August 29, 2019
Schools are busy places. Filled with energy, excitement, and activity, the dynamic ecosystem of a school creates a natural space for interaction among students, faculty, and families. But simply being together in the same place, at the same time, doesn’t automatically foster an environment where students feel interconnected, welcomed, and known. Creating community is an active, deliberate process. It’s a core accountability for academic institutions, and an essential element of MPA’s DNA—it’s built into who were are and what we do, with a support system that fuels academic success and facilitates a lifetime of wellbeing for students.
“As a parent and a member of the administrative team, I can speak to my own personal experience about the impact of MPA’s community,” shares Jennifer Rogers, director of development and community engagement. “I started in my role, and my children started as MPA students, in mid-October of last year. It was definitely a big change, with my then second and seventh grader having already begun the academic year at other schools. But from the start, what they experienced in their classrooms, with their peers and from their teachers helped them feel they could make this transition, and my children never looked back. As a mom, that meant everything and put my mind at ease. And as development director, it’s so inspiring to see how in this community everyone chips in—not just through philanthropy, but also in the time and talents they share with our school.”
Parent Leah Anderson also sees community as an essential part of the MPA fabric. “MPA wraps a supportive, welcoming, positive community around all of it to make asking big questions and sharing ideas safe and possible,” Anderson says. “It’s a killer mash-up that means we have a kid who jumps out of bed in the morning excited to go to school and nearly always enthusiastically answers ‘great!’ when asked ‘how was your day?’ Really, what more could parents ask for?”
Community Strength, Academic Motivation
Eric Schaps, founder of the Developmental Studies Center, writes how those feelings of belonging tie directly to academic performance and personal development, “which makes the creation of caring, inclusive, participatory communities for our students especially important.” Schaps explains that “a growing body of research confirms the benefits of building a sense of community in school. Students in schools with a strong sense of community are more likely to be academically motivated (Solomon, Battistich, Watson, Schaps, & Lewis, 2000); to act ethically and altruistically (Schaps, Battistich, & Solomon, 1997); to develop social and emotional competencies (Solomon et al., 2000); and to avoid a number of problem behaviors, including drug use and violence (Resnick et al., 1997).”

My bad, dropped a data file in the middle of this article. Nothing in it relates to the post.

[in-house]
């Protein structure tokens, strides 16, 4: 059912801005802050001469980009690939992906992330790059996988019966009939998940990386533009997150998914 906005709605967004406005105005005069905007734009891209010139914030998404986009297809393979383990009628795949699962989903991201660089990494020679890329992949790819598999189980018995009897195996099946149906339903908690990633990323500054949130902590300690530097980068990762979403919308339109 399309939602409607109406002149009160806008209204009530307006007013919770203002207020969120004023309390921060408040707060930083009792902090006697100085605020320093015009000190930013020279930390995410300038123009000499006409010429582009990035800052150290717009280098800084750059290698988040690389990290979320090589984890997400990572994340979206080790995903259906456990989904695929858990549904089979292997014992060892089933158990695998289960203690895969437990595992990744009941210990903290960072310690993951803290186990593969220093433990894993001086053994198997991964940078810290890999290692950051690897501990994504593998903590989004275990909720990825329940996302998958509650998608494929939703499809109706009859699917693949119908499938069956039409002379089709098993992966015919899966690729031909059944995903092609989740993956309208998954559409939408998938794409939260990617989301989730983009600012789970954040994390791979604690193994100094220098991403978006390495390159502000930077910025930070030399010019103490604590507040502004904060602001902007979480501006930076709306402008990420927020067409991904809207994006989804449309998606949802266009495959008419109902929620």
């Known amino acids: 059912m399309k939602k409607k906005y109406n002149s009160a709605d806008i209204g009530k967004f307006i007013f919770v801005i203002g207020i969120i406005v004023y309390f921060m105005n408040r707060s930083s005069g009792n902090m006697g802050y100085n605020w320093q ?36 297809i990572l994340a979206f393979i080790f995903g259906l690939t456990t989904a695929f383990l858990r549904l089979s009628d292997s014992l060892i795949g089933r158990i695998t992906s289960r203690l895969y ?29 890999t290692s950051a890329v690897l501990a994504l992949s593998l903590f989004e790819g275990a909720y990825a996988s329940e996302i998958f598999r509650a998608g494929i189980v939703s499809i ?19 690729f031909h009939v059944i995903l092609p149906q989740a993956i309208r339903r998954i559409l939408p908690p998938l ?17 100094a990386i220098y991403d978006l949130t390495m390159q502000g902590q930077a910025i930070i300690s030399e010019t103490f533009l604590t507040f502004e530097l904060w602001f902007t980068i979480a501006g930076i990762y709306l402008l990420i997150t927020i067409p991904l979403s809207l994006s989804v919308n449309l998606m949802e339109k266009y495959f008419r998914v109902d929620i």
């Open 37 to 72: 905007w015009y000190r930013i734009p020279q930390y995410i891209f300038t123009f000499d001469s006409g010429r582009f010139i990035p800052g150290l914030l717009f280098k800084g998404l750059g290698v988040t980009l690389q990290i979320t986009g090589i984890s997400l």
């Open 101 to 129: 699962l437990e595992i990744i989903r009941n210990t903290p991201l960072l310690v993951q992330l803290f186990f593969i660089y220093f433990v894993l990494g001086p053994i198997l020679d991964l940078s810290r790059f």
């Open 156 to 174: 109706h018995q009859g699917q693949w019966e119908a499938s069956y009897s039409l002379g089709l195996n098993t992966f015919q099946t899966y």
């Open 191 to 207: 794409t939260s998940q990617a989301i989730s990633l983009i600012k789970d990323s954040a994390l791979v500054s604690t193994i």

Schaps sees four specific approaches as key levers in building community and maximizing the value students and families receive from a healthy school environment:
- actively cultivate respectful, supportive relationships among students, teachers, and parents;
- emphasize common purposes and ideals;
- provide regular opportunities for service and cooperation; and
- provide developmentally appropriate opportunities for autonomy and influence.
MPA embraces those principles, helping students chart a journey and find a place where they can learn, live, and thrive together. Students develop meaningful, collaborative relationships across grade levels, and are as proud of their own accomplishments as they are of their classmates’ achievements. Parent feedback reflects that same view—in a survey earlier this year about MPA’s strengths, the top response was “welcoming, kind, caring, inclusive, and safe community,” followed by “excellent faculty who really know students well.”
A Community Of Volunteerism
Along with MPA’s faculty, dedicated volunteers generously enrich the community through their daily contributions. During the last school year, nearly 300 volunteers donated more than 6,100 hours of their time in support of MPA. Nearly 70 percent of current parents are volunteers, with the remaining 30 percent including grandparents, alumni, parents of alumni, friends and other supporters, demonstrating that the MPA community extends far beyond the physical borders of school. MPA volunteers tackle projects of all sizes, from hosting the spring auction and decorating the school for commencement, to reading in the classroom, teaching a skill in the Makerspace, or leading a tour for a prospective family.
Those school strengths, and school relationships, continue to resonate after graduation. “One of the best parts about my job is meeting alumni and parents of alumni, and listening to what they share about their teachers, their clubs, their sports, their academics,” says Rogers. “When I hear those stories, I think about the stories my children will be able to tell, how teachers and parents know each other on a first name basis, what it means to have so many people joining together to support students. It’s all so crucial to the classroom experience, and MPA wouldn’t be what it is without that level of family involvement.”
Learn more about it: Strong Community, Strong Education
This policy brief from the National Education Association outlines the positive impact of parent, family, and community involvement in education.
“What makes independent schools special,” from the National Association of Independent Schools, underscores inclusiveness and community as strengths that schools like MPA can provide.
Advice from Scholastic on volunteering in the classroom.